The defense in Oscar Pistorius’ trial will open its case Friday and may first put the double-amputee Olympian accused of murder on the witness stand.
Pistorius claims he fatally shot girlfriend Reeva Steenkamp by mistake thinking she was an intruder in his home. But because he has admitted to killing her, legal experts say Pistorius needs to explain why in court.
Some key parts of the defense’s case:
Pistorius testifying will be crucial to his defense against the murder charge because it allows the judge to determine his credibility. There is no trial by jury in South Africa so Pistorius has the chance to convince Judge Thokozile Masipa and her two assessors that he did not intend to kill his girlfriend, and is not guilty of murder.
However, Pistorius testifying opens him up to cross-examination by prosecutor Gerrie Nel, who will likely ask the world-famous athlete uncomfortable questions about why he shot four times from close range through a locked toilet door, hitting Steenkamp in the hip, right arm and head, killing her. Prosecutors say Pistorius argued with Steenkamp before he shot her with his 9 mm pistol.
Asked if Pistorius would take the stand, defense lawyer Brian Webber said: “I don’t think we have a choice, it’s a question of when.”
One of the foundations of the prosecution’s case is that Steenkamp screamed before and during the gunshots. The prosecution’s first witness was a neighbor who testified to hearing a woman screaming on the night Steenkamp died. Several neighbors say they heard a woman’s screams that night, and a pathologist and police ballistics expert say it’s possible and likely.
Pistorius’ defense needs to cast doubt on the screaming because it suggests the couple were fighting and that Pistorius knew where Steenkamp was when he shot her, contrasting his version of events.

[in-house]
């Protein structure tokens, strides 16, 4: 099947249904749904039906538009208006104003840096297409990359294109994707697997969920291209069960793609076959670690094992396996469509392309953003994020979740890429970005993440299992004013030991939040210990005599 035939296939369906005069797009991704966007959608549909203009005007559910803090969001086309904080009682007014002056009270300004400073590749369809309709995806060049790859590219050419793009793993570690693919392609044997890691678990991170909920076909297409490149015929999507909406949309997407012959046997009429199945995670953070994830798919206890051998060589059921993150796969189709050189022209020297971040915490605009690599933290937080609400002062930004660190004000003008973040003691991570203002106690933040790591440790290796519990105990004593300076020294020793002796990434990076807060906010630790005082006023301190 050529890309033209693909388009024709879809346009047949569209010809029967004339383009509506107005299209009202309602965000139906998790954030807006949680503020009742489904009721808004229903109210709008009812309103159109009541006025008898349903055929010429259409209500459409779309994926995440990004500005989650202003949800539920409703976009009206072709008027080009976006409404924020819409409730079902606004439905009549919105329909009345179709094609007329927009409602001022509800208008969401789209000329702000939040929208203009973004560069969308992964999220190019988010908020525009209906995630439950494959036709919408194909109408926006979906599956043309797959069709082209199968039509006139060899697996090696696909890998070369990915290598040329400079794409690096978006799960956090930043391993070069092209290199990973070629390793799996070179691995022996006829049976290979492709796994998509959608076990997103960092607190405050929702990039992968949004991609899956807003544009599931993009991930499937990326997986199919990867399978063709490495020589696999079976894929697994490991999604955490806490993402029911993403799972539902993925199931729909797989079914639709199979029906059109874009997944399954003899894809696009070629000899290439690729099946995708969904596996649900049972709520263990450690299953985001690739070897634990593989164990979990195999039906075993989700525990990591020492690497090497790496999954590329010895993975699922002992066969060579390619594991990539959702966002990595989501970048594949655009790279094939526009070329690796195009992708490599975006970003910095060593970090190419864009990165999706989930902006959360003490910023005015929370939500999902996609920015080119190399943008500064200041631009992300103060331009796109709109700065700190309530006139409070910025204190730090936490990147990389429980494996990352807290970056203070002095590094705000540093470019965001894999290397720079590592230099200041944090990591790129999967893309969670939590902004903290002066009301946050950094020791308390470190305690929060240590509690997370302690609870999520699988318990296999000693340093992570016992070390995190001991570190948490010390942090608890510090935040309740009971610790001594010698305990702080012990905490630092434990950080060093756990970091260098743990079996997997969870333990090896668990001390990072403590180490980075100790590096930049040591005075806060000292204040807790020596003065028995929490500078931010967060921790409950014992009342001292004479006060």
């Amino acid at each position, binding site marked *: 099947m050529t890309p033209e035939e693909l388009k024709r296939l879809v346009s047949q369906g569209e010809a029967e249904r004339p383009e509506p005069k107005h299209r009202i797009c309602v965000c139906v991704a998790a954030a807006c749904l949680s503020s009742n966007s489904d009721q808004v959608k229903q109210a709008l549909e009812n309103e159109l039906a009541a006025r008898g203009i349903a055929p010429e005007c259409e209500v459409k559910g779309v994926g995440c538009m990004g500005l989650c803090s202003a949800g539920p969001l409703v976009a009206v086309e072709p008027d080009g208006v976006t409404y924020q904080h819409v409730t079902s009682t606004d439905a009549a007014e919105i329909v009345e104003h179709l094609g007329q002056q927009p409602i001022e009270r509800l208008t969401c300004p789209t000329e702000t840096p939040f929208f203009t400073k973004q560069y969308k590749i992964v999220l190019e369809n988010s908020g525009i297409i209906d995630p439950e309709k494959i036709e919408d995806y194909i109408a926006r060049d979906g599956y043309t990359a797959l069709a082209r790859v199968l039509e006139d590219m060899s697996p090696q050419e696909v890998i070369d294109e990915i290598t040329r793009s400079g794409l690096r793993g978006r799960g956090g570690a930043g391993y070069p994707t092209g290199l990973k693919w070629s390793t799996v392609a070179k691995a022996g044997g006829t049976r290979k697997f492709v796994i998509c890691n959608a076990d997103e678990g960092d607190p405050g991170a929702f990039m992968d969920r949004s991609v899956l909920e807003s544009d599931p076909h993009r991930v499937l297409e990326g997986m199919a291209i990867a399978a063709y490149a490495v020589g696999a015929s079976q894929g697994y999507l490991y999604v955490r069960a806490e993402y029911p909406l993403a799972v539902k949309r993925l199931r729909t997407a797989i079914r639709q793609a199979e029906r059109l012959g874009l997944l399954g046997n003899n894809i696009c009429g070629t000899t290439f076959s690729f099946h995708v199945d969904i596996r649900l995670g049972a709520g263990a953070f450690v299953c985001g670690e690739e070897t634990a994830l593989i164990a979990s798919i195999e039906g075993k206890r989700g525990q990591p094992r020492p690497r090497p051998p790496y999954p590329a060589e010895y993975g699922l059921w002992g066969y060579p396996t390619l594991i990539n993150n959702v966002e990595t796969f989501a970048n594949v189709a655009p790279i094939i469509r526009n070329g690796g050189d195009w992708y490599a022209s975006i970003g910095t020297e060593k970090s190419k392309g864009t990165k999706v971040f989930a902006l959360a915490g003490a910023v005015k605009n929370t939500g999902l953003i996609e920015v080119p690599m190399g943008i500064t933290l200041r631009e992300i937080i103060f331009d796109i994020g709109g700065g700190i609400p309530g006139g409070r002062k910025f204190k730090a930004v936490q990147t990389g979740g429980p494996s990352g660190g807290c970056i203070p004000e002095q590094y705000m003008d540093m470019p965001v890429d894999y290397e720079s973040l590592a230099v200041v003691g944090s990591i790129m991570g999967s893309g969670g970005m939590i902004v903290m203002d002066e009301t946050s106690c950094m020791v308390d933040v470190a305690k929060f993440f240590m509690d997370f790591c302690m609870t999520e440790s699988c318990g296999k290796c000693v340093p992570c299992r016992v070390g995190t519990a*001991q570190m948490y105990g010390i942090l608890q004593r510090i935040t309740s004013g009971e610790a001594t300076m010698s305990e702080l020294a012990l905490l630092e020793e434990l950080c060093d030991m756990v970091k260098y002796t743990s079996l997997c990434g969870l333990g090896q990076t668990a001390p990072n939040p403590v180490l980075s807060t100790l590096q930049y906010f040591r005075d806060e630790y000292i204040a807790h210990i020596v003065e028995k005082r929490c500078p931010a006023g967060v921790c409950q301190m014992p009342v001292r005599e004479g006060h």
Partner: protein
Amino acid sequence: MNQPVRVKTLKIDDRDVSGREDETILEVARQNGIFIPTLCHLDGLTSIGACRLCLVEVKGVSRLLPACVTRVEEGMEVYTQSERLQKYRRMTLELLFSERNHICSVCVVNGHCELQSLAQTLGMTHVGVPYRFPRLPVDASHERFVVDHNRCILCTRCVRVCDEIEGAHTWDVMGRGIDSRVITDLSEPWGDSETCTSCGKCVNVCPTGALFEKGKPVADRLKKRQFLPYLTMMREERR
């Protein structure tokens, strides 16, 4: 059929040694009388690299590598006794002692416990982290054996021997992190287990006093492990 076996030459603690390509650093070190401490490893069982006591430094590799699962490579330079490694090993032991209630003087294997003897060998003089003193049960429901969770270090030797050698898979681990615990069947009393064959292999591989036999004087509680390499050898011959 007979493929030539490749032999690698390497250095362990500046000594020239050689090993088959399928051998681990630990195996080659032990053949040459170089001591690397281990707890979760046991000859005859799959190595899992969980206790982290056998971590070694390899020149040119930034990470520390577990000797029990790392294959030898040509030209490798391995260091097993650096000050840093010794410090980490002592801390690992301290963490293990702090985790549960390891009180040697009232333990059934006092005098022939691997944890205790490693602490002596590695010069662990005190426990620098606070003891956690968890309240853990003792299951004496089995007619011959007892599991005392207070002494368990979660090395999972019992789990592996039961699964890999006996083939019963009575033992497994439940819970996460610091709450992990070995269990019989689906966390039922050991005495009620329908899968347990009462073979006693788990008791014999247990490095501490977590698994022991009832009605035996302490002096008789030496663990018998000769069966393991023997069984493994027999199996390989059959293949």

The defense says that Pistorius was the only person to scream, sometimes in a high-pitched voice, and will use noise tests to show neighbors are mistaken about a woman’s voice. They will also fight the prosecution’s claim that Steenkamp screamed during the shots through ballistic evidence. Pistorius fired four times with two quick “double-tap” bursts, chief defense lawyer Barry Roux says, and Steenkamp didn’t have time to yell out.
THE DOOR MARKS
Defense experts say police forensic investigators missed two marks on the toilet door through which Pistorius fired the fatal shots. Defense says one is a mark from one of Pistorius’ prosthetic legs and the other is from a cricket bat. Although those marks may not deal directly with the killing, defense lawyers will use them to attempt to show that Pistorius’ story is true that he tried to kick down the locked door with his prosthetics and then battered it with the bat to try to help Steenkamp. Through it, the defense will argue that Pistorius’ entire story is consistent and truthful.
At the start of the trial, the defense objected to part of the prosecution’s evidence against Pistorius on the grounds that it was character assassination. The evidence in question largely related to the two firearm charges Pistorius also faces for shooting guns in public. If the defense can show Pistorius was not at fault for the two incidents – and he has pleaded not guilty to both – then maybe it can start breaking down some of the prosecution’s damaging suggestions that Pistorius was angry and trigger happy.
The defense may discuss so far unexplained pieces of evidence introduced by the prosecution. Prosecutors have shown through crime scene photographs that there was damage to Pistorius’ bedroom door, to bathroom tiles and to a metal panel in the bathroom where Steenkamp was shot, inferring that there was a fight and that is why he killed her.
Also, the pathologist who performed the autopsy on Steenkamp’s body says she ate no more than two hours before she died, so not before 1 a.m. Pistorius’ story is that they were both in the bedroom and ready for bed at 10 p.m. and does not match the pathologist’s finding. Pistorius may have to explain those things in his testimony and his defense may have to offer alternative explanations.